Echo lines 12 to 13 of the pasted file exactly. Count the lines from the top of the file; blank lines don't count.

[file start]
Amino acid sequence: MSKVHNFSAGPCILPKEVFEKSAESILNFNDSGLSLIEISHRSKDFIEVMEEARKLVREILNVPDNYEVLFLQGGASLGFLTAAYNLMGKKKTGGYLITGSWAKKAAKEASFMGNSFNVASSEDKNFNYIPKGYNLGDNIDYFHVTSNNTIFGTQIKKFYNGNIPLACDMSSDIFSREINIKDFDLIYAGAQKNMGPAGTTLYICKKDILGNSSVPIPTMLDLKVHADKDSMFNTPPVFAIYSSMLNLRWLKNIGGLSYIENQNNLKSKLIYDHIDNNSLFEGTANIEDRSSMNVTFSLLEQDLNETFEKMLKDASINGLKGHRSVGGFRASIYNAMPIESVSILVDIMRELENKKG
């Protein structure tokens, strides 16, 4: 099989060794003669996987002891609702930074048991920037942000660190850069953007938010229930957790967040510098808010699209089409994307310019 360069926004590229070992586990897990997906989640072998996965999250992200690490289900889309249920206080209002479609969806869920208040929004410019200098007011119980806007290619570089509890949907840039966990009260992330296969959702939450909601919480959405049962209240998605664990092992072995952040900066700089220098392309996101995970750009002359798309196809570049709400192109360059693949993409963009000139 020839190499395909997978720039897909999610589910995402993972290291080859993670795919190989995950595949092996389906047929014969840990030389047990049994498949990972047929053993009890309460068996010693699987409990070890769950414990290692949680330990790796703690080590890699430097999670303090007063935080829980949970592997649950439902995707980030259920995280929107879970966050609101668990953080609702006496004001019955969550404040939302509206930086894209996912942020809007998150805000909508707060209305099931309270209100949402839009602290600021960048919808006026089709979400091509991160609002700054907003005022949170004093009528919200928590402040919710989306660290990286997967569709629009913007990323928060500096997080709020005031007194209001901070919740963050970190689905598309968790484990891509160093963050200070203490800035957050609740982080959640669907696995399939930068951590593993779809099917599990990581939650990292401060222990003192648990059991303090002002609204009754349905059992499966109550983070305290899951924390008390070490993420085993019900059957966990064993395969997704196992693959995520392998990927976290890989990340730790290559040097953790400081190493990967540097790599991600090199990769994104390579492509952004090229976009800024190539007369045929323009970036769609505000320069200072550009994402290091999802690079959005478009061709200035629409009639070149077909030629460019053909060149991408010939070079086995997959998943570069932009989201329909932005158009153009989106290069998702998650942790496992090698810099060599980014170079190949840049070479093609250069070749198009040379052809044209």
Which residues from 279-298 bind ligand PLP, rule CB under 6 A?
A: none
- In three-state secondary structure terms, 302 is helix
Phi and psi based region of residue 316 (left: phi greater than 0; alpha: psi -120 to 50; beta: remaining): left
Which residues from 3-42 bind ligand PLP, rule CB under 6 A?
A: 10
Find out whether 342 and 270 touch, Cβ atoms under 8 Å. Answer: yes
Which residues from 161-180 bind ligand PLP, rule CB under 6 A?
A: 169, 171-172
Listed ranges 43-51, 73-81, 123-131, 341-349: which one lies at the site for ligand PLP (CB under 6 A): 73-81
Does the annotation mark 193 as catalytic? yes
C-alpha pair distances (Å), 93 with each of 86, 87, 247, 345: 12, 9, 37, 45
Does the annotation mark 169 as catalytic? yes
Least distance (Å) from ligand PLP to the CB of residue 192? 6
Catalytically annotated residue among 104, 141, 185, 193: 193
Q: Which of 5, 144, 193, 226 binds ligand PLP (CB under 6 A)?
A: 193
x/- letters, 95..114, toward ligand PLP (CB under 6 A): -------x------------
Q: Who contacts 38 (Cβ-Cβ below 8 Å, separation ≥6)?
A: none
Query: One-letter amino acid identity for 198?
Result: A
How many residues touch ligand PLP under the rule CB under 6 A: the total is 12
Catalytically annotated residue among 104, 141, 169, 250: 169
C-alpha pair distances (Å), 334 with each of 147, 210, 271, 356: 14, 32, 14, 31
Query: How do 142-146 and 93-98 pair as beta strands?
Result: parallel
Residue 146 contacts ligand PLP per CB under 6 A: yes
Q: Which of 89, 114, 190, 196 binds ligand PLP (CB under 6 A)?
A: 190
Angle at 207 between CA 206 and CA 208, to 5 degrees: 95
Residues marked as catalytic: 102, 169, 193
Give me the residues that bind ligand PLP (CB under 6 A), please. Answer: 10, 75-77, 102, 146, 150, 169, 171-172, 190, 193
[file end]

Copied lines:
Listed ranges 43-51, 73-81, 123-131, 341-349: which one lies at the site for ligand PLP (CB under 6 A): 73-81
Does the annotation mark 193 as catalytic? yes